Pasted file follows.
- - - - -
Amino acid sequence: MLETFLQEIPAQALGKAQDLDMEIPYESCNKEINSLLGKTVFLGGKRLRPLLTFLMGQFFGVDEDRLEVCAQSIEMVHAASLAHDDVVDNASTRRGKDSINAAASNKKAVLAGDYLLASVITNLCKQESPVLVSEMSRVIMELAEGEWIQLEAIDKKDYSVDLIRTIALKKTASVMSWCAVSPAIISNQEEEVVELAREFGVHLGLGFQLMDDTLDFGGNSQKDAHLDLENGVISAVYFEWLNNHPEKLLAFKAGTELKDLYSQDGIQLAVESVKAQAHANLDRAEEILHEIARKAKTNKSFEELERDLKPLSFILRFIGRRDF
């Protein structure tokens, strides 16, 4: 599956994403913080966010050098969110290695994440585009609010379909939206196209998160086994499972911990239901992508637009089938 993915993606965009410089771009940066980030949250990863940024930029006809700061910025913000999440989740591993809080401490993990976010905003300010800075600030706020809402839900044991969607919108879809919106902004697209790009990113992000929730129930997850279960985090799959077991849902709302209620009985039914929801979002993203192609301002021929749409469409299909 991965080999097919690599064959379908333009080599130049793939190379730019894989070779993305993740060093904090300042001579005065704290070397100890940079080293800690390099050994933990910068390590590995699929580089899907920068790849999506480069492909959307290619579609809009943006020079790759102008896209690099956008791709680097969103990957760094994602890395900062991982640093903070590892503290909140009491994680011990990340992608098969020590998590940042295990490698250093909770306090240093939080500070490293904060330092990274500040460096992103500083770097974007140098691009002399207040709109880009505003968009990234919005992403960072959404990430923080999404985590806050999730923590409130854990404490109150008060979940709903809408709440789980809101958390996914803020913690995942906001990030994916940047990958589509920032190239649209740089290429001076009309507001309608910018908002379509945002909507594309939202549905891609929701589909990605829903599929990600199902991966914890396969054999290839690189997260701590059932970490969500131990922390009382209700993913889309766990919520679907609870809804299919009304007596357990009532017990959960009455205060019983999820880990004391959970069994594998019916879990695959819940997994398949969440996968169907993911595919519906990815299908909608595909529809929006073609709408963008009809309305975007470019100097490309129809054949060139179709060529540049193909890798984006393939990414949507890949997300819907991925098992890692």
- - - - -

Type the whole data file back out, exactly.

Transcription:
Amino acid sequence: MLETFLQEIPAQALGKAQDLDMEIPYESCNKEINSLLGKTVFLGGKRLRPLLTFLMGQFFGVDEDRLEVCAQSIEMVHAASLAHDDVVDNASTRRGKDSINAAASNKKAVLAGDYLLASVITNLCKQESPVLVSEMSRVIMELAEGEWIQLEAIDKKDYSVDLIRTIALKKTASVMSWCAVSPAIISNQEEEVVELAREFGVHLGLGFQLMDDTLDFGGNSQKDAHLDLENGVISAVYFEWLNNHPEKLLAFKAGTELKDLYSQDGIQLAVESVKAQAHANLDRAEEILHEIARKAKTNKSFEELERDLKPLSFILRFIGRRDF
């Protein structure tokens, strides 16, 4: 599956994403913080966010050098969110290695994440585009609010379909939206196209998160086994499972911990239901992508637009089938 993915993606965009410089771009940066980030949250990863940024930029006809700061910025913000999440989740591993809080401490993990976010905003300010800075600030706020809402839900044991969607919108879809919106902004697209790009990113992000929730129930997850279960985090799959077991849902709302209620009985039914929801979002993203192609301002021929749409469409299909 991965080999097919690599064959379908333009080599130049793939190379730019894989070779993305993740060093904090300042001579005065704290070397100890940079080293800690390099050994933990910068390590590995699929580089899907920068790849999506480069492909959307290619579609809009943006020079790759102008896209690099956008791709680097969103990957760094994602890395900062991982640093903070590892503290909140009491994680011990990340992608098969020590998590940042295990490698250093909770306090240093939080500070490293904060330092990274500040460096992103500083770097974007140098691009002399207040709109880009505003968009990234919005992403960072959404990430923080999404985590806050999730923590409130854990404490109150008060979940709903809408709440789980809101958390996914803020913690995942906001990030994916940047990958589509920032190239649209740089290429001076009309507001309608910018908002379509945002909507594309939202549905891609929701589909990605829903599929990600199902991966914890396969054999290839690189997260701590059932970490969500131990922390009382209700993913889309766990919520679907609870809804299919009304007596357990009532017990959960009455205060019983999820880990004391959970069994594998019916879990695959819940997994398949969440996968169907993911595919519906990815299908909608595909529809929006073609709408963008009809309305975007470019100097490309129809054949060139179709060529540049193909890798984006393939990414949507890949997300819907991925098992890692």